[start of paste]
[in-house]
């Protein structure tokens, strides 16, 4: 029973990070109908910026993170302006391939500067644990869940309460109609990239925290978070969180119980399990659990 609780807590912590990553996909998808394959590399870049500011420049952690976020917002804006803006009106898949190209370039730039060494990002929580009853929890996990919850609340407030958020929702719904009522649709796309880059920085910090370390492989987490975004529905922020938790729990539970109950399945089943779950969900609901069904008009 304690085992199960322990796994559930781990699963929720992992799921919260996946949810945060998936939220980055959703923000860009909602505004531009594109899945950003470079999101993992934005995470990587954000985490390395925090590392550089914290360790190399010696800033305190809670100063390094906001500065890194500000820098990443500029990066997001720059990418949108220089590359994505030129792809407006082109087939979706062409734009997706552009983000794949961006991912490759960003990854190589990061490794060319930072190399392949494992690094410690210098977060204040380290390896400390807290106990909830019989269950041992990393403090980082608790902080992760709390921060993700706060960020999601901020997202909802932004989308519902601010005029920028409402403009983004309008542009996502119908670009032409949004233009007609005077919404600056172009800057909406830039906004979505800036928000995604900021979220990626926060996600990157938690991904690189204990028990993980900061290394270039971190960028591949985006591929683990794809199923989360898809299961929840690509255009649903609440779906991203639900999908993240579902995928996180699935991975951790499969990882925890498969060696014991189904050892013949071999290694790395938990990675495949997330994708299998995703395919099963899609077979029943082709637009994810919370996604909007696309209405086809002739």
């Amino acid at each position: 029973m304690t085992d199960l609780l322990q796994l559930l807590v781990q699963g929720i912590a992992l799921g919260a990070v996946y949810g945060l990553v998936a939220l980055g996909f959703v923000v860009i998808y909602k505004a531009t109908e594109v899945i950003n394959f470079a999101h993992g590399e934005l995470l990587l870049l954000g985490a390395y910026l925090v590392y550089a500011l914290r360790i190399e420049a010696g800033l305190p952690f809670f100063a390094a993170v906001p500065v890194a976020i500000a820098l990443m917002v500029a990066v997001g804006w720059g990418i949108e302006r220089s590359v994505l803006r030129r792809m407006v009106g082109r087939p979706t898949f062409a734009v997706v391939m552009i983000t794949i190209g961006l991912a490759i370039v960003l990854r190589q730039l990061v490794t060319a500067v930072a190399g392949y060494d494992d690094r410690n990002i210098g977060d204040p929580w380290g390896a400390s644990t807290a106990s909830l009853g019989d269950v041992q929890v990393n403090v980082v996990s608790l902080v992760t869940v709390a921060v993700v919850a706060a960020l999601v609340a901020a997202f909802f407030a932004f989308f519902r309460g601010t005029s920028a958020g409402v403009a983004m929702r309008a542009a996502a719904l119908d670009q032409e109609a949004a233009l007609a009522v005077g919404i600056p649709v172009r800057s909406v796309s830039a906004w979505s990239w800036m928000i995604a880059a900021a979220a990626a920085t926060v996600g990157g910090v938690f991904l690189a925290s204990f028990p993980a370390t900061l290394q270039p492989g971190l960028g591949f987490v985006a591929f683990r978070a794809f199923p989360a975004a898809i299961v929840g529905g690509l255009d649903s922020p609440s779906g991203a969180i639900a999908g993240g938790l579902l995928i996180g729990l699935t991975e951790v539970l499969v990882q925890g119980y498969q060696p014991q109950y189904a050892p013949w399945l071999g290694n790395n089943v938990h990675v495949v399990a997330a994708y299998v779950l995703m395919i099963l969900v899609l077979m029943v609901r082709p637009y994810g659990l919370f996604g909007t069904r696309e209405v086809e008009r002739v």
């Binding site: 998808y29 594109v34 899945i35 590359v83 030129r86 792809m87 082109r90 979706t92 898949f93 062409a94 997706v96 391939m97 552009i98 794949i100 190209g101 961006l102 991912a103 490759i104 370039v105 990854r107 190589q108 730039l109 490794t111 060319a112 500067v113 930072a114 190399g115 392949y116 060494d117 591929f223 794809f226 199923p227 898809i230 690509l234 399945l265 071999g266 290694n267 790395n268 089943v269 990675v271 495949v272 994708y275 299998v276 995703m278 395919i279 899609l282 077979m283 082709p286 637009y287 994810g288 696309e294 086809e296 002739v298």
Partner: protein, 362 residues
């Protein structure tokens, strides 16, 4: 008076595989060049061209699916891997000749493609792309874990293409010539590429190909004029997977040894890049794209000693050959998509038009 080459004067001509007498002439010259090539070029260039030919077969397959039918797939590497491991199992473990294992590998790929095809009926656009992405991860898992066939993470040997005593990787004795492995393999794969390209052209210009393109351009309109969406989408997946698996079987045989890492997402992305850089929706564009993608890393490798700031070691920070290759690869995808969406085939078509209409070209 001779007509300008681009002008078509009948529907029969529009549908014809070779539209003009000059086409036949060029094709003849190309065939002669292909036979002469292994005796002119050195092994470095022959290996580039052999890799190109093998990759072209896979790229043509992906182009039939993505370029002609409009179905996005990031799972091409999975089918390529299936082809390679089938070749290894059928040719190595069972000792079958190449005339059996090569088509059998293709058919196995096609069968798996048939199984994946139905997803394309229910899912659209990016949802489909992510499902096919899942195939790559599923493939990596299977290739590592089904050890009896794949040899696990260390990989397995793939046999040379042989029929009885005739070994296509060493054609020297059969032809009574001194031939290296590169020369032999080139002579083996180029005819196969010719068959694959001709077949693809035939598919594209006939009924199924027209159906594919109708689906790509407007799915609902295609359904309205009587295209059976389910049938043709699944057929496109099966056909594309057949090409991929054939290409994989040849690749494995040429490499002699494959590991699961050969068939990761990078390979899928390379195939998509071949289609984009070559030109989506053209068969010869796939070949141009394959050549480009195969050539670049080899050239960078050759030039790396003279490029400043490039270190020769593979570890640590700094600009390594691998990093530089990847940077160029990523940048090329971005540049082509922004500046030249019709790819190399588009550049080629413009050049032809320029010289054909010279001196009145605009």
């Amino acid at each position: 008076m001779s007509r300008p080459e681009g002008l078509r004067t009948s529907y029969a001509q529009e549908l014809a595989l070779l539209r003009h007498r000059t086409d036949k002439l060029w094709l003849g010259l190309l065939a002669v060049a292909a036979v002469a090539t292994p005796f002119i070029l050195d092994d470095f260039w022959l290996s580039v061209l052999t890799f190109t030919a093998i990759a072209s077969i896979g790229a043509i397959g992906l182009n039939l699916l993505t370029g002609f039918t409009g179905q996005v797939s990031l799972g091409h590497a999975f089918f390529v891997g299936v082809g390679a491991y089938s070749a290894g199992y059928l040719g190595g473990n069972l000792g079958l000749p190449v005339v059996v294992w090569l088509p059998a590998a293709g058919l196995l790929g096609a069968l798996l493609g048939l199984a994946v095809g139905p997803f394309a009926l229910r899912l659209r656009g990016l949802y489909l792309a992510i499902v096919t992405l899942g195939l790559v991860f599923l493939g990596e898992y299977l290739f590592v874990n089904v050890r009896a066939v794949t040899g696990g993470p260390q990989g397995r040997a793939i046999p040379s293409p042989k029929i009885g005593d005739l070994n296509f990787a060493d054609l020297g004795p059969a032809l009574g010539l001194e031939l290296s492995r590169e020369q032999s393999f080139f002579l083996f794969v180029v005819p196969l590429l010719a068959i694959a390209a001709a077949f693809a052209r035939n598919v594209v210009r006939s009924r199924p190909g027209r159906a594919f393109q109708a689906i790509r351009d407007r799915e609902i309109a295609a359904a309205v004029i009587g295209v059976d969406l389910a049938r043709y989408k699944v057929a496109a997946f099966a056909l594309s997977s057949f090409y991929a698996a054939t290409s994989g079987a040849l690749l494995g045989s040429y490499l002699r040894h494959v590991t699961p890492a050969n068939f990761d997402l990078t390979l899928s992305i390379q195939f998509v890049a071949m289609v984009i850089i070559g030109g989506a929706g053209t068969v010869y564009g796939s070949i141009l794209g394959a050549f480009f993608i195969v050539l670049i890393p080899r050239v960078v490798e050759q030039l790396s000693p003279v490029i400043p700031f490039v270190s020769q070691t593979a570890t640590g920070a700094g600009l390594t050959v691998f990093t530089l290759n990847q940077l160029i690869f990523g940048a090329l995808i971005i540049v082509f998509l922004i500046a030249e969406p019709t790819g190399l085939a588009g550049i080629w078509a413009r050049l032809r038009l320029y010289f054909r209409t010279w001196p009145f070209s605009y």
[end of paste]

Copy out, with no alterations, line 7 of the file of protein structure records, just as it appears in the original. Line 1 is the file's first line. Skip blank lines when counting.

């Amino acid at each position: 008076m001779s007509r300008p080459e681009g002008l078509r004067t009948s529907y029969a001509q529009e549908l014809a595989l070779l539209r003009h007498r000059t086409d036949k002439l060029w094709l003849g010259l190309l065939a002669v060049a292909a036979v002469a090539t292994p005796f002119i070029l050195d092994d470095f260039w022959l290996s580039v061209l052999t890799f190109t030919a093998i990759a072209s077969i896979g790229a043509i397959g992906l182009n039939l699916l993505t370029g002609f039918t409009g179905q996005v797939s990031l799972g091409h590497a999975f089918f390529v891997g299936v082809g390679a491991y089938s070749a290894g199992y059928l040719g190595g473990n069972l000792g079958l000749p190449v005339v059996v294992w090569l088509p059998a590998a293709g058919l196995l790929g096609a069968l798996l493609g048939l199984a994946v095809g139905p997803f394309a009926l229910r899912l659209r656009g990016l949802y489909l792309a992510i499902v096919t992405l899942g195939l790559v991860f599923l493939g990596e898992y299977l290739f590592v874990n089904v050890r009896a066939v794949t040899g696990g993470p260390q990989g397995r040997a793939i046999p040379s293409p042989k029929i009885g005593d005739l070994n296509f990787a060493d054609l020297g004795p059969a032809l009574g010539l001194e031939l290296s492995r590169e020369q032999s393999f080139f002579l083996f794969v180029v005819p196969l590429l010719a068959i694959a390209a001709a077949f693809a052209r035939n598919v594209v210009r006939s009924r199924p190909g027209r159906a594919f393109q109708a689906i790509r351009d407007r799915e609902i309109a295609a359904a309205v004029i009587g295209v059976d969406l389910a049938r043709y989408k699944v057929a496109a997946f099966a056909l594309s997977s057949f090409y991929a698996a054939t290409s994989g079987a040849l690749l494995g045989s040429y490499l002699r040894h494959v590991t699961p890492a050969n068939f990761d997402l990078t390979l899928s992305i390379q195939f998509v890049a071949m289609v984009i850089i070559g030109g989506a929706g053209t068969v010869y564009g796939s070949i141009l794209g394959a050549f480009f993608i195969v050539l670049i890393p080899r050239v960078v490798e050759q030039l790396s000693p003279v490029i400043p700031f490039v270190s020769q070691t593979a570890t640590g920070a700094g600009l390594t050959v691998f990093t530089l290759n990847q940077l160029i690869f990523g940048a090329l995808i971005i540049v082509f998509l922004i500046a030249e969406p019709t790819g190399l085939a588009g550049i080629w078509a413009r050049l032809r038009l320029y010289f054909r209409t010279w001196p009145f070209s605009y």